Adult Onset Asthma
The esophagus and trachea (windpipe) are in close relationship. GERD is common in patients with asthma and has been identified as a potential trigger for asthma, and patients with GERD may have asthma-like symptoms.
Asthma and Heartburn Relationship
There is a mutual cause-and-effect relationship between asthma and GERD. In some situations, reflux disease can actually cause the asthma, particularly adult-onset asthma. In other cases the GERD can potentiate existing asthma, making it difficult to control. In addition, asthma symptoms such as cough and wheezing magnify the difference in pressure between chest (negative pressure) and abdomen (positive pressure), encouraging GERD.
Causes of Asthma-Like Symptoms
GERD can cause asthma-like symptoms via two mechanisms:
- Aspiration of acid particles in the trachea can cause coughing, wheezing and pneumonia
- Acid in the esophagus causes a reflex phenomenon in the trachea, triggering asthma-like symptoms.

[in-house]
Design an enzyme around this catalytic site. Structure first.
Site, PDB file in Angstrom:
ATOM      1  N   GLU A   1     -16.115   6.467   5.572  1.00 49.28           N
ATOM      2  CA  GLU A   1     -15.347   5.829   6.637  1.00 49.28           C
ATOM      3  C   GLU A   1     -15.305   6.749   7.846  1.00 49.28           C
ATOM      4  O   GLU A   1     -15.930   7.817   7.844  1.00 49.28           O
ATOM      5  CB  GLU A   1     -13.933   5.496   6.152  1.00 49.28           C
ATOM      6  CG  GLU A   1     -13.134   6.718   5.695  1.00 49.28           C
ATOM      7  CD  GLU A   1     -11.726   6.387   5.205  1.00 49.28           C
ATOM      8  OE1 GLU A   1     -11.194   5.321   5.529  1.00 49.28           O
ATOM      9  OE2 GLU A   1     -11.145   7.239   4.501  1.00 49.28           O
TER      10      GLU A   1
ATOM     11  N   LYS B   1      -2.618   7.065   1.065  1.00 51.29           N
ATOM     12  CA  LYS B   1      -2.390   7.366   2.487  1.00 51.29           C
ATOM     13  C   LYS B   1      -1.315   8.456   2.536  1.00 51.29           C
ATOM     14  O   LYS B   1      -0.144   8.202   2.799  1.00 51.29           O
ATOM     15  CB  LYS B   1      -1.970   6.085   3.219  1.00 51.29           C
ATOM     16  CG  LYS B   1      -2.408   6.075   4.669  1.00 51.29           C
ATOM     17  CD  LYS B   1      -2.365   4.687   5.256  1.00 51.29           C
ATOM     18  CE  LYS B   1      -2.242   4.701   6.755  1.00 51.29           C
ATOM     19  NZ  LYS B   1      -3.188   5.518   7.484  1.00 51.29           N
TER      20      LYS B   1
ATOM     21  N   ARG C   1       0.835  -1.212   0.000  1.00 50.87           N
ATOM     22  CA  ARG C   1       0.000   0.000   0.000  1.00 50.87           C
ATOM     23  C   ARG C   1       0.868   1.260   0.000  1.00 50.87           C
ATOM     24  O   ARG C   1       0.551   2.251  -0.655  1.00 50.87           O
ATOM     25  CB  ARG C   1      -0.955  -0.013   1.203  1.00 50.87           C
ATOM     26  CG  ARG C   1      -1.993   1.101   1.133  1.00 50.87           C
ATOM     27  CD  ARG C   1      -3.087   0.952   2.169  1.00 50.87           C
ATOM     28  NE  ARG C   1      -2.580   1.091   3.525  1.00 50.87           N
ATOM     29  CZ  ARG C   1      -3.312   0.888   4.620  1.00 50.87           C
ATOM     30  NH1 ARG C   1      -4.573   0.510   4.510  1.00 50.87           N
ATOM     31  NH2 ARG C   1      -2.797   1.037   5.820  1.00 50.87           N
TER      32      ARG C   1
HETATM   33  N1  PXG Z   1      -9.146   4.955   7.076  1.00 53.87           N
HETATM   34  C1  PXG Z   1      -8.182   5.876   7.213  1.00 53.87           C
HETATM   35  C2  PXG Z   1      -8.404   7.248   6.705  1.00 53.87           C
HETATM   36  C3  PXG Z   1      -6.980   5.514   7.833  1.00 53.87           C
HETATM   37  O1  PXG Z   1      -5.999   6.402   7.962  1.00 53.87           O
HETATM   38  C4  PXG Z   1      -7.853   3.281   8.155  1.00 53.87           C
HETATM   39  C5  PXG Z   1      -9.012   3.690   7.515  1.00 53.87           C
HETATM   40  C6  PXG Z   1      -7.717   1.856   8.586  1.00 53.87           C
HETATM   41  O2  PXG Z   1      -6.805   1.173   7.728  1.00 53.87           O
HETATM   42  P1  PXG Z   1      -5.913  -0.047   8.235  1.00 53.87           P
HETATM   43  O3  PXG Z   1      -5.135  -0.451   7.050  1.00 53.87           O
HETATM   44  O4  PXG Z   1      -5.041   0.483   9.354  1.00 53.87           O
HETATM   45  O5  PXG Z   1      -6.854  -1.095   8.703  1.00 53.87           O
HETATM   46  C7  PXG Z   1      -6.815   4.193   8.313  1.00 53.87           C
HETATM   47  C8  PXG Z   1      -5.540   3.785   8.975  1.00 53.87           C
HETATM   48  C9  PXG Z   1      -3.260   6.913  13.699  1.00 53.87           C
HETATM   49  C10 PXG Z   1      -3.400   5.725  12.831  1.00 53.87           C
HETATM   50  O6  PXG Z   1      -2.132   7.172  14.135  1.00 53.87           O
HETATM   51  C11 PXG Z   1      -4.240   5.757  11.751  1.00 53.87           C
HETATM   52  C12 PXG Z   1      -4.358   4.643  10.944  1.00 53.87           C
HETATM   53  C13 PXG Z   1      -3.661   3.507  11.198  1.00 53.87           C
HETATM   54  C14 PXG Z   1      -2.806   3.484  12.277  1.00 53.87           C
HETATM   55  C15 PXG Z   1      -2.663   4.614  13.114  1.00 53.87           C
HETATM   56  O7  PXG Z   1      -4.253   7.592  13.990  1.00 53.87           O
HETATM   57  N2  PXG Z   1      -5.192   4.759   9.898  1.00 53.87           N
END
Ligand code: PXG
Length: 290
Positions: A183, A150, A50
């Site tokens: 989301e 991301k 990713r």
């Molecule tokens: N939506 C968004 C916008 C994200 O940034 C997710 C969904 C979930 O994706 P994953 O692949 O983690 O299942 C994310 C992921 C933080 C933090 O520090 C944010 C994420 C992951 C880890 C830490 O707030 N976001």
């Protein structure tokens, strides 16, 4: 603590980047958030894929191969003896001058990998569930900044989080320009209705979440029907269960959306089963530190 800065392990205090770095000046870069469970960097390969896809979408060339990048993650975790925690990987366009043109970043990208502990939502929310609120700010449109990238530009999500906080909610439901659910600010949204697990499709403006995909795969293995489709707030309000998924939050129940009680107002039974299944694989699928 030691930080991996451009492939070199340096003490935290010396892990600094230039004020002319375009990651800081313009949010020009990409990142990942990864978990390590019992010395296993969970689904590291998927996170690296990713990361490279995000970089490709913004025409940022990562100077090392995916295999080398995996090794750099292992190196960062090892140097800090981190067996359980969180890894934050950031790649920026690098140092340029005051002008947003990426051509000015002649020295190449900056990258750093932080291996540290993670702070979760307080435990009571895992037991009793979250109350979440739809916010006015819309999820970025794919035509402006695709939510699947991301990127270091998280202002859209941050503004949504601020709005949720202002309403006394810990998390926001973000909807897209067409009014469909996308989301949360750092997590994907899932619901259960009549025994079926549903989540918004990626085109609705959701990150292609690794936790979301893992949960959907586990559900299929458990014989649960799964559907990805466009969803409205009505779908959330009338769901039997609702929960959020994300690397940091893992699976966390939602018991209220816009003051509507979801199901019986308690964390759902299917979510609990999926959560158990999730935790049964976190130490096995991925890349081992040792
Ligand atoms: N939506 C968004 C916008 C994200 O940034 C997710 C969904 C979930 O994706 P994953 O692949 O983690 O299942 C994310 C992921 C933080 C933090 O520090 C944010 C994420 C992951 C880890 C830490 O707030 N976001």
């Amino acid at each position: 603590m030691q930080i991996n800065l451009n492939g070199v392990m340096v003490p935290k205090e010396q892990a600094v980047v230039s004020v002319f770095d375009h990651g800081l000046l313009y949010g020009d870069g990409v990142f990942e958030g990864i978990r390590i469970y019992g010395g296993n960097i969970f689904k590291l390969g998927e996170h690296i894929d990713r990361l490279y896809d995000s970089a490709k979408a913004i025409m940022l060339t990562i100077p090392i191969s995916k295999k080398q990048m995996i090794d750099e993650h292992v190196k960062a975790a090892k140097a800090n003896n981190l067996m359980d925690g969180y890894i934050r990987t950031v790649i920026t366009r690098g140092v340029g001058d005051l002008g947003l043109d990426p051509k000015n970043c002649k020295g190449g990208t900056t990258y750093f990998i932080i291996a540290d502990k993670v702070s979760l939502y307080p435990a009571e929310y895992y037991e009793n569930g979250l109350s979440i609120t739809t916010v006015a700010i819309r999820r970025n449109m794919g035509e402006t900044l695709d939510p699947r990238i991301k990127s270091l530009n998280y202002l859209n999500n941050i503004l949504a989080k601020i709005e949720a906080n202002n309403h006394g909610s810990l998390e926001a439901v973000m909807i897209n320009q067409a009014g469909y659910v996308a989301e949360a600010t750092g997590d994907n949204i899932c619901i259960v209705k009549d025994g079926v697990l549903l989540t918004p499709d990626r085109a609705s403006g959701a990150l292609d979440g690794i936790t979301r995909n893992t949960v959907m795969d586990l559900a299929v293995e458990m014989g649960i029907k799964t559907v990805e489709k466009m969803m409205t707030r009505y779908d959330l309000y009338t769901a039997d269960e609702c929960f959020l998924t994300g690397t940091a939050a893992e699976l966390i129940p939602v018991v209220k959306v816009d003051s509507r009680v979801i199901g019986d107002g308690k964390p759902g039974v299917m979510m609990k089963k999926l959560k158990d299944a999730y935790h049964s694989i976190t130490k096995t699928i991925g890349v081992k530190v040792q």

Thus, it is important for physicians to consider the possibility of GERD when treating patients with lung problems.
Patient may have the common symptoms of reflux, including heartburn, difficulty swallowing and regurgitation.
However, as a result of the close relationship between the esophagus and windpipe, many patients may present with uncommon breathing symptoms including:
- Chronic cough
- Hoarseness (voice change)
Chronic aspiration of gastric acid and bile (non-acidic fluid), which typically occurs at night when patients are lying down, can severely damage the lungs and vocal cords. Long-standing aspiration can even cause severe pulmonary disease such as pulmonary fibrosis.